The Batman: 7 Reasons George Miller Must Replace Ben Affleck

What this crisis needs is a genius lunatic...

The Batman George Miller

Warner Bros are facing a crisis - seemingly of their own making - on The Batman. They had the perfect director in Ben Affleck and they should have given him the resources and the time he needed to make a project worthy of his and the character's billing. He seemed to be publicly asking for that allowance, while ominously threatening to leave if the project didn't match up to his exacting standards.

And now that's gone and bloody well happened.

If the studio want to pull back some of the bad publicity (and they've become masters of doing that recently), they need to act quickly and with purpose to hire a director who will excite fans as much as Affleck did.

Assuming Christopher Nolan is unavailable, the options are pretty broad: they could go for a David Fincher or a Kevin Smith (depending on the direction they want to go), or they could listen to fans and try for Joss Whedon... But none of them would be the best option.

George Miller has already been talked about as a potential DCEU director (and as a producer, actually) and he would be the kind of statement hire who would definitely easy the transition away from Ben Affleck.

Here's why the Mad Max: Fury Road director needs to be the one to step into Ben Affleck's shoes...

8. He Knows How To Be Theatrical

The Batman George Miller
Warner Bros. Pictures

Looking at Mad Max: Fury Road - and indeed the whole Mad Max franchise - the biggest take-away is that George Miller knows how to be theatrical. He knows how to balance pomp and circumstance with compelling, at times jaw-dropping spectacle that grabs audiences by the lapels and drags them irresistibly in.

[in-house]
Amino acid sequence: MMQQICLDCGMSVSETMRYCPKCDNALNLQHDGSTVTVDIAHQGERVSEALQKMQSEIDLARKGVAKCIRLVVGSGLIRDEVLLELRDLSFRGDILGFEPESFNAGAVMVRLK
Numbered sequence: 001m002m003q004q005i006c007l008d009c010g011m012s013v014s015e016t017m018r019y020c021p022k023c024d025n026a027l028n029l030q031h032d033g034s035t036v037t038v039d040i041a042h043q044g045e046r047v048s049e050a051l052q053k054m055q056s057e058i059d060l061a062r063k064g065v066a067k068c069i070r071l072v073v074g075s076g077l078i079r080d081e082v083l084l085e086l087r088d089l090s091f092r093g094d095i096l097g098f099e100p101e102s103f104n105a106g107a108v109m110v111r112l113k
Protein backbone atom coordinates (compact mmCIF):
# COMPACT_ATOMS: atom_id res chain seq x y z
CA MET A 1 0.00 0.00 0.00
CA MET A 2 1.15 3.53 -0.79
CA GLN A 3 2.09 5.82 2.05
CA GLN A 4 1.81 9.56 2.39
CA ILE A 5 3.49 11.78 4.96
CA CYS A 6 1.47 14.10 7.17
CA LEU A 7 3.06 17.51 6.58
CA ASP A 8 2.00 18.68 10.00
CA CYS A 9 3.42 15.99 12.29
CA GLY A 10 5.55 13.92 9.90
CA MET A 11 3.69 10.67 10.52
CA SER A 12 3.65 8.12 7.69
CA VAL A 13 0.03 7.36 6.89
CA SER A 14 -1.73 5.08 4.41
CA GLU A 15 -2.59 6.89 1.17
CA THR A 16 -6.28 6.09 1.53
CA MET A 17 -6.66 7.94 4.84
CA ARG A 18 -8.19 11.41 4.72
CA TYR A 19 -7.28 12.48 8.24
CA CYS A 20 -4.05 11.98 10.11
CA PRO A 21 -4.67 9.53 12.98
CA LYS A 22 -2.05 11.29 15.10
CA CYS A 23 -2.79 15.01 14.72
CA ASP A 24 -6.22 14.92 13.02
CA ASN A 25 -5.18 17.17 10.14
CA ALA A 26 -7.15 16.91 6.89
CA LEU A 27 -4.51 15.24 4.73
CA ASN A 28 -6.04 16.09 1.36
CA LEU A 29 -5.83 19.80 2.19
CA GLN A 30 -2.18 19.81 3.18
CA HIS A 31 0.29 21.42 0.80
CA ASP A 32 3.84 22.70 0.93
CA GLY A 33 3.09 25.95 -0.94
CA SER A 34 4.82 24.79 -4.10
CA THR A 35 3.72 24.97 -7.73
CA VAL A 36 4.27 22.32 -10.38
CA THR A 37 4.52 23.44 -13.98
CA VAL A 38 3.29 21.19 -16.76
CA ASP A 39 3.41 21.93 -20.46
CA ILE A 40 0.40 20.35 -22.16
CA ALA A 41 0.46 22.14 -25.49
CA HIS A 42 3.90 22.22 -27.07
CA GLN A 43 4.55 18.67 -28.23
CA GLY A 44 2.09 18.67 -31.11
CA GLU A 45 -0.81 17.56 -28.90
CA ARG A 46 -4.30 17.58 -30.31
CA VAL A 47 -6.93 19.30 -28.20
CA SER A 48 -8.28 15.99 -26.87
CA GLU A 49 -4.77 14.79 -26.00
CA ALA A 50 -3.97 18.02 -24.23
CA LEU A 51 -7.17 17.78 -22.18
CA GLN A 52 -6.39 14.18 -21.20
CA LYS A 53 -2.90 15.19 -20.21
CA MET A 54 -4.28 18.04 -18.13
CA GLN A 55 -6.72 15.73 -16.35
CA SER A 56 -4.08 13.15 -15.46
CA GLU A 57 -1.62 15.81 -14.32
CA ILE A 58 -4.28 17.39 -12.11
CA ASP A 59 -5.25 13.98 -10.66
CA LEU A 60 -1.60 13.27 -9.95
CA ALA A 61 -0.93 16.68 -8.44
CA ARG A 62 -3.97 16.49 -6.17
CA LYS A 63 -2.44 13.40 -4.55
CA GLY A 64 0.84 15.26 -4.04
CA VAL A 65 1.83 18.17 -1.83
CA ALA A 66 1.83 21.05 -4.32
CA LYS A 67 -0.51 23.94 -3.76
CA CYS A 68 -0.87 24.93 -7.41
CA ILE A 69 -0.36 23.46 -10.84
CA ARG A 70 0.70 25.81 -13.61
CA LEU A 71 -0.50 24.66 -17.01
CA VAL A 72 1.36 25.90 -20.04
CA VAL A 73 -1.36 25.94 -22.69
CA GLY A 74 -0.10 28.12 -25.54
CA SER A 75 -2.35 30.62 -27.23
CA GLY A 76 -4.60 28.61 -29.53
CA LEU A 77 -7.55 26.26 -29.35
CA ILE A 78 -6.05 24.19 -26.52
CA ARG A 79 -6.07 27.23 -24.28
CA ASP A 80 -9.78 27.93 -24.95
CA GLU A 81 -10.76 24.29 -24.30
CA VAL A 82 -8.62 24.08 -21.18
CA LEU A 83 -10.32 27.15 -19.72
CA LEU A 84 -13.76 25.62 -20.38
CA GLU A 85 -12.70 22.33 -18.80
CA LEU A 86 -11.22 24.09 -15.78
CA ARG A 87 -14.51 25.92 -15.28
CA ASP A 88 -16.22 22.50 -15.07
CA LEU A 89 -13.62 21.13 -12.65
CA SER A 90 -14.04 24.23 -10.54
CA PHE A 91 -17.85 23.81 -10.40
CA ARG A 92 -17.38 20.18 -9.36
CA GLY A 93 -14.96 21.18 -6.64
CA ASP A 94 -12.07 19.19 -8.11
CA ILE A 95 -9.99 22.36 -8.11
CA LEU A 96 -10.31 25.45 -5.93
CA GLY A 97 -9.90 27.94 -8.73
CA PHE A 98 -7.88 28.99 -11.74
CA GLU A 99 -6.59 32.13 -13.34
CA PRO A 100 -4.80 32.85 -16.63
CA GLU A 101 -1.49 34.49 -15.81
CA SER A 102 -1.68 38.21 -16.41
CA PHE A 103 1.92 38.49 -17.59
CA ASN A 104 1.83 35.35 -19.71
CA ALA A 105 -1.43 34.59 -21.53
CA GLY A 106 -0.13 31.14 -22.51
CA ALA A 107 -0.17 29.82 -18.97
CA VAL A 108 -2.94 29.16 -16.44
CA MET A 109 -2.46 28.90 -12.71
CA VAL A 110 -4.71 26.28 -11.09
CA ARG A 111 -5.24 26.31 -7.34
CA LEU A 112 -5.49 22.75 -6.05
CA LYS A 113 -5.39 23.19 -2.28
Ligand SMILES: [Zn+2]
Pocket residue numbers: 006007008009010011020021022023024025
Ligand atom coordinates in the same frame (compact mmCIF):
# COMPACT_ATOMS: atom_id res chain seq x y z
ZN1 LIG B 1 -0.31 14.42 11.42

Imagine a Gotham City cut in Miller's image, sharing some of Thunderdome's weird, incestuous system of self-governance and its army of freaks within the walls. There's definitely something in that scorched-Earth dystopian future that lurks beneath the surface of Gotham, and which also fits the special brand of Gothic theatricality that worked so well for Tim Burton's vision of the dark knight.

Thinking more about theatrical impact, Miller's characters in Mad Max are all based on the same mechanics of impact as Batman: they make themselves look fearsome, build mythologies around themselves (or in Max's case, see it happen around them) and they're all about appearances. It wouldn't even be too much of a stretch for Batman to inhabit the same world. Both he and the director fit.


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